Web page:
• Devna Grover – Undergraduate Studies Umass Amherst ($48000), Purdue University, Pennsylvania State University, Michigan State University
  • Shakti Singh – MS Software Engineering Carneigie Mellon University
  • Shrinand Aggarwal – Undergraduate Studies Boston University, Texas A & M University
  • Winnie Narang – MS Computer Science Columbia University
  • Shruti Dimbla – Undergraduate Studies University of Waterloo
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  • Abhiraj Sharma – Drexel University (with 50% scholarship)
  • Paras Gupta – Miami University (with $10,000 scholarship)
  • Manik Mehta – Ohio State University (with $20,000 scholarship)
  • Sanajana Mohan – Georgia Tech University (with $10,000 scholarship)
  • Kavita Mehta – University of Dartmouth (with 100% scholarship)
  • Devna Grover – University of Massachussets Amherst (with $48,000 scholarship)
  • Sangita Verma – RIT (with $20,000 scholarship)
  • Sukneeraj Kaur – University of Georgia (with 100% scholarship) PhD. Pharmaceutical Sciences 
  • Rohit Kumar – NYU (with 40% scholarship) Ms EE
  • Achintya Sen – University of Texas, Dallas (with $10,000 scholarship) MSBA
  • Hitchintan Kaur – University of IOWA (with 100% tuition fees waiver) PhD. Biomedical Sciences 
  • Amit Sharma – Ohio State University (with 100% scholarship) Integrated Biomedical Sciences 
  • Meera Jindal – University of Minnesota (with 100% tuition fees waiver) MS CS 
  • Nidhi Bhatra – University of New Mexico (with 100% scholarship) PhD. Biomedical Sciences 
  • Shilpi Aggarwal – Harvard University (with 100% presidential scholarship) Masters in Public Health
  • Deepak Kumar – University of Illinois (with 100% scholarship) PhD. Cell and Molecular Biology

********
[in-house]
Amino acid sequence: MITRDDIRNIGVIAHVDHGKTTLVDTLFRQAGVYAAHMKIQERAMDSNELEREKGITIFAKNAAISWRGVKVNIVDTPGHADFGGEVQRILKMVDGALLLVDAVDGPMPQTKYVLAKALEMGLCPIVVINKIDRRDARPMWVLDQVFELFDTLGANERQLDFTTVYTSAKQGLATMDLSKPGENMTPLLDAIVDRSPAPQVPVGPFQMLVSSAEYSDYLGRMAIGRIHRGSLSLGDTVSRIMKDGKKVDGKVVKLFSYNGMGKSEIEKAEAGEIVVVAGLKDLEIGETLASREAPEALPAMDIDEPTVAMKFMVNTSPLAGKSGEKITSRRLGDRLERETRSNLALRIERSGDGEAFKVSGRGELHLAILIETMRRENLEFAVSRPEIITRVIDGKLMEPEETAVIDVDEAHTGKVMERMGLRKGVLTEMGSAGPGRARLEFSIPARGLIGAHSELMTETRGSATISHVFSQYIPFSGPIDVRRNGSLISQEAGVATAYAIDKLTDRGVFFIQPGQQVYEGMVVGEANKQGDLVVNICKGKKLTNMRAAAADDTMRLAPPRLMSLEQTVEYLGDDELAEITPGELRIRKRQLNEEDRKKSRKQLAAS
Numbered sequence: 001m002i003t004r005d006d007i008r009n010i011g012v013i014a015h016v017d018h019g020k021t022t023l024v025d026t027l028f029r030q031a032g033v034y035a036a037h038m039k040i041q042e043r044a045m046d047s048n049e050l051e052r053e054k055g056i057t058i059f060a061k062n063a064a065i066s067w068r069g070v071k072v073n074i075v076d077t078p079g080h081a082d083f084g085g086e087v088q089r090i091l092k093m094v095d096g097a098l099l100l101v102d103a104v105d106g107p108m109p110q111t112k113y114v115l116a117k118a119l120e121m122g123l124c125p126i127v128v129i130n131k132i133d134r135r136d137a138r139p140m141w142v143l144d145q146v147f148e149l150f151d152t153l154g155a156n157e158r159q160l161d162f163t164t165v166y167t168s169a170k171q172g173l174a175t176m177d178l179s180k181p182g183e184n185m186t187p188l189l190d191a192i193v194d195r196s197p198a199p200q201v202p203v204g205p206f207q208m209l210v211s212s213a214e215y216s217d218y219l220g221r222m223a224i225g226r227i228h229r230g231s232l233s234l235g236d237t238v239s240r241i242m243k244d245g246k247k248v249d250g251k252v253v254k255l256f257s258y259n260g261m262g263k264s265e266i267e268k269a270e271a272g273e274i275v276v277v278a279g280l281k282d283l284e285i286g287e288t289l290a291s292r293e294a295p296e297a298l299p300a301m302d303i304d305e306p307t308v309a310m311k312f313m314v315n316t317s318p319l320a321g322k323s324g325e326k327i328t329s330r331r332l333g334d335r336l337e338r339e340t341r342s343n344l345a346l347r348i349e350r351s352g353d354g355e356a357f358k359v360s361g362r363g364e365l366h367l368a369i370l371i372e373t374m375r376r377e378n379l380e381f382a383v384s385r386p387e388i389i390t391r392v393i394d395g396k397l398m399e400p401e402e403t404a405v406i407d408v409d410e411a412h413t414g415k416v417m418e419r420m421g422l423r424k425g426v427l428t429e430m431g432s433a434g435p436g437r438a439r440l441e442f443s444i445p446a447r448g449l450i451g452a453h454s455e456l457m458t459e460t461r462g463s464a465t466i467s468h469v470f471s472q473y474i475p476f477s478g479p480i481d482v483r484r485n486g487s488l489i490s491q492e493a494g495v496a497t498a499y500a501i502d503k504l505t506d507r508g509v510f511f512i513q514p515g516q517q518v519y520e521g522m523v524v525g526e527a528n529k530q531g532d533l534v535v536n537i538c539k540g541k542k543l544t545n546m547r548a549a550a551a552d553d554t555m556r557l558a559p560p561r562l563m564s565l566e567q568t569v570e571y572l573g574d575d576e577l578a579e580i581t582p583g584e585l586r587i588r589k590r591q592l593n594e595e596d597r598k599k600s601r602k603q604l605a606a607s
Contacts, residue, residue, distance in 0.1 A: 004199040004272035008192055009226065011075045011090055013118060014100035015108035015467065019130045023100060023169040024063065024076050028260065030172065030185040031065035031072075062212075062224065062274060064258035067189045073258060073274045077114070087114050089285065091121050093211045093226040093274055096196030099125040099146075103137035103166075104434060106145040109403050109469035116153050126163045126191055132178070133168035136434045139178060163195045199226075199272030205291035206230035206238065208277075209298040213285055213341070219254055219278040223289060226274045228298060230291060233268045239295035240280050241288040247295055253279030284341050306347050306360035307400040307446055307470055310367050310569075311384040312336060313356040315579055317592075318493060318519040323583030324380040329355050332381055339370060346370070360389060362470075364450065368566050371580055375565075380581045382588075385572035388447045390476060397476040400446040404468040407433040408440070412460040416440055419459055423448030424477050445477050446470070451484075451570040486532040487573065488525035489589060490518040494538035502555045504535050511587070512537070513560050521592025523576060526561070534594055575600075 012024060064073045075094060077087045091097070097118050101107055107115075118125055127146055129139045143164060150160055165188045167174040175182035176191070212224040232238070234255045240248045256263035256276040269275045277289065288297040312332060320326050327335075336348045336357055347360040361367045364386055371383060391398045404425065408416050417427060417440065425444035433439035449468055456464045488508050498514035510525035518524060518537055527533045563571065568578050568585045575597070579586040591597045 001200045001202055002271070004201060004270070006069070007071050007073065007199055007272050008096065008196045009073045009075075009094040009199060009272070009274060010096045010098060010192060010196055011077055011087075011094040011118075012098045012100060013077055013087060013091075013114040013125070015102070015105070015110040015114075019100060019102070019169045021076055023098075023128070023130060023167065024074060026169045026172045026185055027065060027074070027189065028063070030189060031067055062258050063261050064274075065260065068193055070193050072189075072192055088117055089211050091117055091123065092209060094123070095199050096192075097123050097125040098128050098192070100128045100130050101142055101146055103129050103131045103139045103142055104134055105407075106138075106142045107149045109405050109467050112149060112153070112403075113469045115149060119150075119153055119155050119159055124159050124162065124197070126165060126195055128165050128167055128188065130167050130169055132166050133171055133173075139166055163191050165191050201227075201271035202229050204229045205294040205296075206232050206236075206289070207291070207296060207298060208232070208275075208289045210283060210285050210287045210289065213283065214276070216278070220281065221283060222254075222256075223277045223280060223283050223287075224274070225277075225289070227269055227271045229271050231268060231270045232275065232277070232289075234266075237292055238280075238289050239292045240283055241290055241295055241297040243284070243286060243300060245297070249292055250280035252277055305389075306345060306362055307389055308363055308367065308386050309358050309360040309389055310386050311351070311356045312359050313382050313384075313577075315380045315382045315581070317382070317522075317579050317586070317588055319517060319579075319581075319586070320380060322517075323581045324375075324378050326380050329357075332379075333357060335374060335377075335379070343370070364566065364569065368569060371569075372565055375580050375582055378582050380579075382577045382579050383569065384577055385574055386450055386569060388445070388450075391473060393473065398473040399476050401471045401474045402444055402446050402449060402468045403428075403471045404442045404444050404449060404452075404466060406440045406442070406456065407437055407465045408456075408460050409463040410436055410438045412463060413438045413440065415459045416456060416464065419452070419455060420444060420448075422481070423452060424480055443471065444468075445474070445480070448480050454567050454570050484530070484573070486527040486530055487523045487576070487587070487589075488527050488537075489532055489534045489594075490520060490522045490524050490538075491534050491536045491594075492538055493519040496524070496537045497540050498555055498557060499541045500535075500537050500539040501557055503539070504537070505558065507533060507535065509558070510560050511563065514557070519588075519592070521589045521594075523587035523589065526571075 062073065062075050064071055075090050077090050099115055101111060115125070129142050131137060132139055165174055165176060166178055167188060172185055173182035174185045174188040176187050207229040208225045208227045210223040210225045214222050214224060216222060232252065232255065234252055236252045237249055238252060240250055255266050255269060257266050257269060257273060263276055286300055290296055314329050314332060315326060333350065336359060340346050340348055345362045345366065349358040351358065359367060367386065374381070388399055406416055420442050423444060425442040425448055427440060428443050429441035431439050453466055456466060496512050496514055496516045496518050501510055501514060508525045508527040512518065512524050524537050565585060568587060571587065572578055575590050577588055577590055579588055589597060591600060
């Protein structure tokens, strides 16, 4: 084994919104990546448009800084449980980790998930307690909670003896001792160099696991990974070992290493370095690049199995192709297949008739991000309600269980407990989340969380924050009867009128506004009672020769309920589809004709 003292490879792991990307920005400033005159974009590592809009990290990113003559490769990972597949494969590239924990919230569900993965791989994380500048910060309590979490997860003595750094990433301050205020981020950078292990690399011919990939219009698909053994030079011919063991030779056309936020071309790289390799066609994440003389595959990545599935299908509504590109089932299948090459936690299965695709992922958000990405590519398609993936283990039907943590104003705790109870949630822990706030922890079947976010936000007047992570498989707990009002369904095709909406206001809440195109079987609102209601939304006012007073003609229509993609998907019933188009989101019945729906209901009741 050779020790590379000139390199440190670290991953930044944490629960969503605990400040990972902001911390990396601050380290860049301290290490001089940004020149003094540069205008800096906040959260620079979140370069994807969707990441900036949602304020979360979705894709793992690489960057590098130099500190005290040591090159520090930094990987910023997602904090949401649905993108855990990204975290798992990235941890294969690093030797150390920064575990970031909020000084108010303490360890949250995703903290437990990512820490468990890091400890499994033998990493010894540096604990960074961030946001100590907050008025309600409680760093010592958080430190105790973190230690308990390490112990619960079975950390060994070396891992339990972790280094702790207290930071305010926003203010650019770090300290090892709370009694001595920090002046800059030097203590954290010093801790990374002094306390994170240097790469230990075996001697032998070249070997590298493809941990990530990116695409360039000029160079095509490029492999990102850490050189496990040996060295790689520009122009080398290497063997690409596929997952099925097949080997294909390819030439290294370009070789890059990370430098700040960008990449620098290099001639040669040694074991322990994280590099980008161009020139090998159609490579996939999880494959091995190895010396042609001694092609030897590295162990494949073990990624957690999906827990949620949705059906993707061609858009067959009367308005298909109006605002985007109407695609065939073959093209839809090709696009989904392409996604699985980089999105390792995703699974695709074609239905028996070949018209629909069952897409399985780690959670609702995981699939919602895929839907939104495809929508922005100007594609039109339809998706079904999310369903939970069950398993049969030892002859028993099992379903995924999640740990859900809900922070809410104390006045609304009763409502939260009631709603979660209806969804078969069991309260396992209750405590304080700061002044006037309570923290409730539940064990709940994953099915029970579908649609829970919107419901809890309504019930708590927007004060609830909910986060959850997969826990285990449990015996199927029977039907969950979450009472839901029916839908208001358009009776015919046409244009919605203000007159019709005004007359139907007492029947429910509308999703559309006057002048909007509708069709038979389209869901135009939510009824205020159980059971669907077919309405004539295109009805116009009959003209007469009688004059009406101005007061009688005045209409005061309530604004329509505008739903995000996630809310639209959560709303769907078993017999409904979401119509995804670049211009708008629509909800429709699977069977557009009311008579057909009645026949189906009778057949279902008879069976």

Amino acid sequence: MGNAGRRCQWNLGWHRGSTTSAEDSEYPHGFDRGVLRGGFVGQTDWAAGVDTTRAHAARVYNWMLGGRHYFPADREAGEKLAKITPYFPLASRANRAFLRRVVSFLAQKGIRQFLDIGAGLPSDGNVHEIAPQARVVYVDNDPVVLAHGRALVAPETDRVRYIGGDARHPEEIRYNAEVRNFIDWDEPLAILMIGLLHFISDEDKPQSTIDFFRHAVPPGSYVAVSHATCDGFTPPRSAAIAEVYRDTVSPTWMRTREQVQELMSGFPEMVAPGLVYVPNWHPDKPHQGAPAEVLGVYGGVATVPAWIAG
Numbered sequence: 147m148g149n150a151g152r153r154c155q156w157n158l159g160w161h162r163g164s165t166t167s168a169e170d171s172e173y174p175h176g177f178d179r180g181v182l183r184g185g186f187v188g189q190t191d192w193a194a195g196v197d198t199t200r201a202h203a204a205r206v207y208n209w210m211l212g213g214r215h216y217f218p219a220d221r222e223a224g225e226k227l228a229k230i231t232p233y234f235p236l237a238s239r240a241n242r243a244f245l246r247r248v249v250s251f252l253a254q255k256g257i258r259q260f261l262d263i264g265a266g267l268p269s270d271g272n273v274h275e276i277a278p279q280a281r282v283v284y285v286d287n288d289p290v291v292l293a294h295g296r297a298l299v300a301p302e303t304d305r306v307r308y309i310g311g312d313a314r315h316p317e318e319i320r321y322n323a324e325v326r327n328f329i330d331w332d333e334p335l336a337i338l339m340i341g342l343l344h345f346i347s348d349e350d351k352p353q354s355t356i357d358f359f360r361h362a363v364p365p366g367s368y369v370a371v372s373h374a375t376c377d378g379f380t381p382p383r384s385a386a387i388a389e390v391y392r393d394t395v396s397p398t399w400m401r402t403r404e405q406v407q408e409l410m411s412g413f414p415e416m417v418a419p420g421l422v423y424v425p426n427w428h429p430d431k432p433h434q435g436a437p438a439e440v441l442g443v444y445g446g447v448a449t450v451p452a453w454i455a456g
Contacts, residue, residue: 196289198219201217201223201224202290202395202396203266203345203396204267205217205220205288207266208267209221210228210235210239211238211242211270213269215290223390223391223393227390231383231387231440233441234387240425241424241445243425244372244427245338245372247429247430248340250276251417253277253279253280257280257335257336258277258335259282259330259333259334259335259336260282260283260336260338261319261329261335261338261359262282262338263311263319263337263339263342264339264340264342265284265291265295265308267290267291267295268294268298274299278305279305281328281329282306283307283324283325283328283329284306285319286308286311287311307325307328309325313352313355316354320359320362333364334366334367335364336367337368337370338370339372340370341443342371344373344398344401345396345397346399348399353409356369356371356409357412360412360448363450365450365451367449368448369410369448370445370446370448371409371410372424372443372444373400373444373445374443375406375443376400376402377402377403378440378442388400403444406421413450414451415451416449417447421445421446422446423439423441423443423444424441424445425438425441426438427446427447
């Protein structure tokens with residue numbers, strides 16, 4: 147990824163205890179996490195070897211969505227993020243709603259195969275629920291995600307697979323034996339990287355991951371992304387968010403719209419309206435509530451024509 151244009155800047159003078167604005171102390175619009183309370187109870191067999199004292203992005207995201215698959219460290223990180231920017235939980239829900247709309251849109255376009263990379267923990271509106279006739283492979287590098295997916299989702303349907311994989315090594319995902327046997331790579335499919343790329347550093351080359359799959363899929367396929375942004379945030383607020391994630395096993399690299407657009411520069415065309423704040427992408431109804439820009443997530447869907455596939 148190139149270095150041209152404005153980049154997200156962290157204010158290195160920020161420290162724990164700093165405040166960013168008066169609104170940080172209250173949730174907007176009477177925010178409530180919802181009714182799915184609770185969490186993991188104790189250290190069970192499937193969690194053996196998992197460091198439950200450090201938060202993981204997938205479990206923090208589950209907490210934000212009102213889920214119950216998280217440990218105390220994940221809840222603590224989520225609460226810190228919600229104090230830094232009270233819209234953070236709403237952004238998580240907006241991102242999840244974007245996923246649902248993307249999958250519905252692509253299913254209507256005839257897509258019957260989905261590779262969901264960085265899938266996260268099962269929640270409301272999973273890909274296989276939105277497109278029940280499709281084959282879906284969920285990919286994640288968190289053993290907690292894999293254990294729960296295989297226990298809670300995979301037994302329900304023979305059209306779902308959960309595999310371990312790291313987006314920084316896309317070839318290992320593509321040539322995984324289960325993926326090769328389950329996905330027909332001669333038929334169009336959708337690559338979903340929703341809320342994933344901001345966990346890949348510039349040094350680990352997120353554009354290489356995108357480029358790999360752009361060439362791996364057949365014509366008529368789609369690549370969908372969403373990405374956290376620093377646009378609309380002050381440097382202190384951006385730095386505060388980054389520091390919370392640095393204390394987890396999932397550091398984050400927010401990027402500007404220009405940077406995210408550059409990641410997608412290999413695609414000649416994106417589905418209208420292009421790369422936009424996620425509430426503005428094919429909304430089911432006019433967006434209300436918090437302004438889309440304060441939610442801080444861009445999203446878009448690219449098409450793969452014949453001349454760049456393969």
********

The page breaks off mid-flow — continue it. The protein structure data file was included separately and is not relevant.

• Geetansh Gulati – University of Arizona (with $15,000 Scholarship) MS MIS
  • Vaibhav Mittal – University of Florida (With $10,000 scholarship) Ms ECE
  • Gaurav Chawan – University of Florida (with 50% scholarship) MS Civil Engineering 
  • Shweta Maheshwari – Harvard University (with 100% scholarship) Masters in Public Health
  • Yogur Kaur – University of Texas (HSC) with 100% Scholarship PhD. Biomedical Sciences 
  • Aditya Kaushal – NYU (with 40% scholarship) MS in EE
  • Sweta Mall Indiana University (Kelley) with 50 % scholarship
  • Puneet Satija – University of Maryland (Robert.H.Smith) with 50% scholarship
  • Deepanshu Sharma – Tulane University 40% scholarship
  • Sunny – University of Massachusetts Boston with 75% scholarship
  • Gurpreet Kaur – University of North Carolina (Kenan-Flager) with 50% scholarship
  • Nipun Sehgal – University of north Carolina (Kenan Flagler) with 80% scholarship
  • Swati Bansal – Carnegie Mellon (Tepper) with 50% Scholarship
  • Shalabh Garg – SMU (COX) with $50000 scholarship
  • Rohit kohli – University of Arizona with 75% scholarship
  • Rikesh – IE Spain with (with 10,000 euro scholarship)
  • Mahos Markos – Washington University (Olin) with 50% scholarship
  • Nitesh Sharma – Babson University (Olin) with $ 10000 scholarship
  • Krishna A Chowdhary – University of Georgia with 100% scholarship